a maximum of 80 pigeons per property

    pigeon keepers be members of a recognized pigeon keeping association, that the pigeons be banded and the bands registered with the association

    pigeon enclosures – design and placement as follows:

        1 sq metre of loft space per 10 pigeons

        loft to have minimum 30 cms of space under the floor for cleaning purposes

        to be at least 3 m from property boundary line

        no closer than 10 m from a school, church, public hall, retail store or dwelling on a neighbouring property

        be defined as an accessory building as per the Zoning By-law, regarding permitted location in a yard

        be maintained in a state of good repair through regular maintenance, painting and the likes

    pigeon droppings and refuse within, under and adjacent to the enclosure to be removed/cleaned a minimum of twice per week and be disposed of in a sanitary manner that will not create a public nuisance or hazard

    that all equipment associated with pigeon keeping be maintained and kept under cover from rain and snow

    rodent proof containers for feed storage

    pigeons be contained so that they do not stray, perch, roost, nest or rest upon any premises other than that of their keepers

    that pigeons not be kept within or under a dwelling or ancillary attached spaces

    that pigeons be kept in an enclosure at all times except when liberated in a controlled fashion using a one way trap for re-entry

    pigeons be liberated for limited periods and in an organized manner as follows:

        no more than 30 pigeons per flight permitted

        Note: of the 80 birds permitted per property, some will typically be permanently confined to quarters including retired champions or purchased birds likely to return to their loft of origin if released.

        the liberation of flight process be supervised by the owner or a competent person taking responsibility on the owner’s behalf

        be limited to a maximum of two flights per day before 9:00am or after 5:00pm between April 1st and September 30th and 10:00am and 3:00pm between October 1st and March 31st or a flight conducted by a recognized pigeon keeping organization (Canadian Racing Pigeon Union, Canadian Pigeon Farmers’ Association, etc)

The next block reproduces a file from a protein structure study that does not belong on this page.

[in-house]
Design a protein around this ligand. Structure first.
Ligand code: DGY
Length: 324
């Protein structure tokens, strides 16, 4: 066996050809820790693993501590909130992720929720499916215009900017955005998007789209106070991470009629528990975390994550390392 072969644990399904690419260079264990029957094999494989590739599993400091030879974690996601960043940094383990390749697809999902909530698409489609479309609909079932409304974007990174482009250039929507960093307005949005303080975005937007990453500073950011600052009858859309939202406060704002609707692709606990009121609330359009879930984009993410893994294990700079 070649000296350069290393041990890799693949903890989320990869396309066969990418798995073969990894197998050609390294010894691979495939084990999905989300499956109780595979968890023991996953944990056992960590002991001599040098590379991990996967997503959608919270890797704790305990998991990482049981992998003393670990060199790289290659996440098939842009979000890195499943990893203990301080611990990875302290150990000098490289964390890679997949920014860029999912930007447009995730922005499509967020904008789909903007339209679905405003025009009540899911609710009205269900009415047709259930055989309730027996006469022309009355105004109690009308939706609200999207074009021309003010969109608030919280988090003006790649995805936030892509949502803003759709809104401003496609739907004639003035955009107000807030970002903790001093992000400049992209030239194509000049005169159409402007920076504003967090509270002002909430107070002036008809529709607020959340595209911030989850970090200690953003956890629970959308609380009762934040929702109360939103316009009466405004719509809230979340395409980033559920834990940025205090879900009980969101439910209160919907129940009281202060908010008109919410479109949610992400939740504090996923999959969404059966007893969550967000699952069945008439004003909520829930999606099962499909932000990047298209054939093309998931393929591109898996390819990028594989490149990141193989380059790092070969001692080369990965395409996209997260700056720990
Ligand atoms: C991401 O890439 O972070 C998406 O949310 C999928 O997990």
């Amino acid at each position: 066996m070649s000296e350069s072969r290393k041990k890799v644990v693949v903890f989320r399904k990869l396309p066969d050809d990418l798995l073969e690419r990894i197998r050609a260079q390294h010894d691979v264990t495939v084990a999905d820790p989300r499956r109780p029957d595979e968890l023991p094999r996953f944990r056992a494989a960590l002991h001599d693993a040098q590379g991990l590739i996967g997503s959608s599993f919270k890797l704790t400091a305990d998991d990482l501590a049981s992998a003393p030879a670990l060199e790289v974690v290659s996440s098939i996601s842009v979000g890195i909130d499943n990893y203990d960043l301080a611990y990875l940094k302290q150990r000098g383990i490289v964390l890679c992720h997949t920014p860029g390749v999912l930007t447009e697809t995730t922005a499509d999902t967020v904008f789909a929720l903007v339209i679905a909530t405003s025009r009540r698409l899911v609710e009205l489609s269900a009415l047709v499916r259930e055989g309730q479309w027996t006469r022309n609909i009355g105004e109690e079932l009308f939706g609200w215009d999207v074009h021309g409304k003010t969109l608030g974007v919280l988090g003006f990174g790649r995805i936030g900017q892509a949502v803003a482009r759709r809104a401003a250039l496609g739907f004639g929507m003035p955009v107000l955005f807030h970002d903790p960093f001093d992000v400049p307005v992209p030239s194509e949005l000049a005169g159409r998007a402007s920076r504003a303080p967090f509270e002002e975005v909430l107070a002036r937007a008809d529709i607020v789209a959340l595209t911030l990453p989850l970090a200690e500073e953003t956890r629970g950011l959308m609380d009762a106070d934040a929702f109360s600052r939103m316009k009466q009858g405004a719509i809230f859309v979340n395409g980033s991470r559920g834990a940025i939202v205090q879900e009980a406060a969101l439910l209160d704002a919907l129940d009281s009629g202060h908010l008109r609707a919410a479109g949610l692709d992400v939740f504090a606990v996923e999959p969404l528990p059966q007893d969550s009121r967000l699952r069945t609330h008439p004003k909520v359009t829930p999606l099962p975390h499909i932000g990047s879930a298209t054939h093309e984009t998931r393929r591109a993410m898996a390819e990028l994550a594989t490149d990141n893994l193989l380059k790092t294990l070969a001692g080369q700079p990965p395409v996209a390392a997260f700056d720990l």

pigeon owners not be permitted to feed or permit another person to feed pigeons when outside of their enclosure

    that pigeon owners shall allow public enforcement officials access at all reasonable times to the pigeon keeping enclosure and proximity for reasons of inspection

    that no pigeons affected with an infectious or contagious disease to be kept unless under special conditions approved by the local Medical Officer of Health

      Being aware of real and perceived public concerns with pigeons, domestic pigeon keeping associations tend to support and scrutinize a hobby with a long established history. Their positive image however is easily soured by the feral lot and irresponsible or illegitimate pigeon keepers.

    A Pigeon’s Anatomy & Flight Dynamics

    The pigeon’s excretion system is different to a mammal. Food processed through the digestive system is excreted from the rectum into the Cloaca so they enjoy the ability to hold a considerable volume of excrement here until deciding to defecate. Seagulls are designed for soaring or gliding; their feet hang down in flight. Pigeons depend on flapping for powered flight; upon take off, they immediately draw their feet backwards under their body to assist with balance, flight and to reduce drag. Pigeons hold their feet beneath the anus while in flight so excrement would land on its feet. For this reason, and contrary to popular notion, pigeons unlike seagulls do not defecate in flight; they do so only when perched or foraging. Once liberated, domestic/racing pigeons remain in flight until returning home.

    Pigeon Characteristics and Effect on Control in the Public Domain

    Feral pigeons take up residence where ample food and shelter exist; they adapt well to an urban scene abundant in food, building ledges, balconies, bridges, etc and they lack predators. Universally, failure is the outcome in efforts to effectively cull them. Pigeons are non-migratory and breed all year, peaking in the Spring and Fall; removing resident birds simply creates a vacant territory for more to move into.

    While nature provides for wildlife, social and opportunistic pigeons won’t refuse handouts and ready accommodation. However, their needs not met, they move on. Pigeon abundance in cities is largely attributable to well intentioned but misguided people feeding them. Only property stewardship and public education can counter this.

    In addition to refraining from feeding wild pigeons, a public education program through the City website/media and other communication will guide residents in deterring pigeons by:
        eliminating all standing water
        blocking all nooks and crannies in building exteriors
        blocking access to attic spaces through eaves and vents
        preventing roosting on ornamental architecture (ledges, decorative features) by netting the area with plastic mesh and using metal or similar to angle ledge edges 45 or more
        Affixing humane bird spikes to roosting ledges, window sills etc
        Employing frightening hanging devices/noise makers on apartment balconies

    As an example of the magnitude and persistence of the feral pigeon menace, the City of Linz in Austria is experimenting with placing contraceptives in the bird feed.